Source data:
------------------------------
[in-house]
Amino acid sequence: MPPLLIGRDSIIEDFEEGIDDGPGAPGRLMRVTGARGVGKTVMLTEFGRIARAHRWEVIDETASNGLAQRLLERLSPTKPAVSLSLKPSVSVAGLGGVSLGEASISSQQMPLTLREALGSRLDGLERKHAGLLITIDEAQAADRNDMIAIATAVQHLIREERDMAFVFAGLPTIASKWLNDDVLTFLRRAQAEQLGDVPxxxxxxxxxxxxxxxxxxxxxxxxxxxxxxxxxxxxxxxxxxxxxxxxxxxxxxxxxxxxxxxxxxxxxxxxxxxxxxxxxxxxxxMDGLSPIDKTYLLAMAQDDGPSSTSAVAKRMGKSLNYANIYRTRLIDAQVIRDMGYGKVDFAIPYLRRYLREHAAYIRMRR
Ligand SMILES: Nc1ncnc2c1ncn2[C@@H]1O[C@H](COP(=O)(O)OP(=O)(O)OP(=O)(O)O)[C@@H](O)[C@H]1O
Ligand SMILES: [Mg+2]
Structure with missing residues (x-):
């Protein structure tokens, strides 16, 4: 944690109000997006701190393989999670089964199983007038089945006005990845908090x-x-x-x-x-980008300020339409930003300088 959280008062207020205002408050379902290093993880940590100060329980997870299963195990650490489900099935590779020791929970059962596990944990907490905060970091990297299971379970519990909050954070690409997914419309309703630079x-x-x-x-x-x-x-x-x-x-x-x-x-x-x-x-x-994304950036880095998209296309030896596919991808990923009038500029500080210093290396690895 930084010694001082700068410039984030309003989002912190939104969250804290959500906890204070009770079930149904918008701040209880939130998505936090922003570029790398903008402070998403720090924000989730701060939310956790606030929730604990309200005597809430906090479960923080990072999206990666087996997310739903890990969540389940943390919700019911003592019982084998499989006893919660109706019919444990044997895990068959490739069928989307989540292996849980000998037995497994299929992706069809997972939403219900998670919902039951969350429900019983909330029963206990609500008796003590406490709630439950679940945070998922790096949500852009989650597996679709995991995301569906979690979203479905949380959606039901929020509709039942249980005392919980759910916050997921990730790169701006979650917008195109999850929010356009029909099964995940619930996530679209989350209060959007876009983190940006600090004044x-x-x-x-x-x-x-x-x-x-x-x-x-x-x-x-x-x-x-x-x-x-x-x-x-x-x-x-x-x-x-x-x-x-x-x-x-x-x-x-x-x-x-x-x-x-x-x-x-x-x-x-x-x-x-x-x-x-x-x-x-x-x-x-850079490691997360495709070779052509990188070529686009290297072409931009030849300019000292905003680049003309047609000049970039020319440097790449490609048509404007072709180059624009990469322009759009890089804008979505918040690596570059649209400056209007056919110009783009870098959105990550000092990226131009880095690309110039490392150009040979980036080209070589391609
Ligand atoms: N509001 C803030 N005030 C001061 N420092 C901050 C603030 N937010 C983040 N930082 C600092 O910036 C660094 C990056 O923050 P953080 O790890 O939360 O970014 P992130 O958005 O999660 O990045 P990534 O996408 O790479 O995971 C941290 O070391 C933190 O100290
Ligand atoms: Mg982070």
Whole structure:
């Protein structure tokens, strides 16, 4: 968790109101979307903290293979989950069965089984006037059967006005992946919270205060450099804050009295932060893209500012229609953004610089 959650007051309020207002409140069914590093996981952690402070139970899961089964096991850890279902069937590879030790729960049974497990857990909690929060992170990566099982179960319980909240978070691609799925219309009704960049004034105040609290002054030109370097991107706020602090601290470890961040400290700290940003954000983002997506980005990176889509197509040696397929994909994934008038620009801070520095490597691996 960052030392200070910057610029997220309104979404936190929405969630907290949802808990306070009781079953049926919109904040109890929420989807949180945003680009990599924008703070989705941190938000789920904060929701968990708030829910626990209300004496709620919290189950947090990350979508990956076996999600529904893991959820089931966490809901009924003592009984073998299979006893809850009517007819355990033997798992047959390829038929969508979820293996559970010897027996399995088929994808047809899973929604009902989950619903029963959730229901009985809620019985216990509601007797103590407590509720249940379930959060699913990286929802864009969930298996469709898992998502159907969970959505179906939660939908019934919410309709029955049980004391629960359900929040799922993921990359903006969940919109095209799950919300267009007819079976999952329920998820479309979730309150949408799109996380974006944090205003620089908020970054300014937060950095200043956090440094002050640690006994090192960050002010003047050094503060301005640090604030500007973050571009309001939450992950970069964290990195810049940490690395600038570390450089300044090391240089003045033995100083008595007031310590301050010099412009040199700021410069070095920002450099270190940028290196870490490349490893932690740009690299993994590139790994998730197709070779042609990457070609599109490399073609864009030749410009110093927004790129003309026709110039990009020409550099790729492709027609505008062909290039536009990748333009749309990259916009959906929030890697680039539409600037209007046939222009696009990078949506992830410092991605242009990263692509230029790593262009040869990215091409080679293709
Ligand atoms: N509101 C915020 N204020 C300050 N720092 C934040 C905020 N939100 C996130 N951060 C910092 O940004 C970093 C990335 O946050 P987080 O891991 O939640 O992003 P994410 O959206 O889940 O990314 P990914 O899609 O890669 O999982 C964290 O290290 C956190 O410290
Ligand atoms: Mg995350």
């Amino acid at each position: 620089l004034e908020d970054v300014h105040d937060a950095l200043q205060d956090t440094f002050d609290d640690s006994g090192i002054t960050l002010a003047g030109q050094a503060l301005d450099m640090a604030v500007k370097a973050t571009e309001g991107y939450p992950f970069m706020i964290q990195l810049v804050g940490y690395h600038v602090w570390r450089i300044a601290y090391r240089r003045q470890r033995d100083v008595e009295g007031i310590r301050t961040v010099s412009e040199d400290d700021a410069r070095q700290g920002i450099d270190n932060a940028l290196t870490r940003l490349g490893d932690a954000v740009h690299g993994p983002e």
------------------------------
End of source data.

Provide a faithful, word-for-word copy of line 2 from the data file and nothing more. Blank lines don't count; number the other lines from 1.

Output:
Amino acid sequence: MPPLLIGRDSIIEDFEEGIDDGPGAPGRLMRVTGARGVGKTVMLTEFGRIARAHRWEVIDETASNGLAQRLLERLSPTKPAVSLSLKPSVSVAGLGGVSLGEASISSQQMPLTLREALGSRLDGLERKHAGLLITIDEAQAADRNDMIAIATAVQHLIREERDMAFVFAGLPTIASKWLNDDVLTFLRRAQAEQLGDVPxxxxxxxxxxxxxxxxxxxxxxxxxxxxxxxxxxxxxxxxxxxxxxxxxxxxxxxxxxxxxxxxxxxxxxxxxxxxxxxxxxxxxxMDGLSPIDKTYLLAMAQDDGPSSTSAVAKRMGKSLNYANIYRTRLIDAQVIRDMGYGKVDFAIPYLRRYLREHAAYIRMRR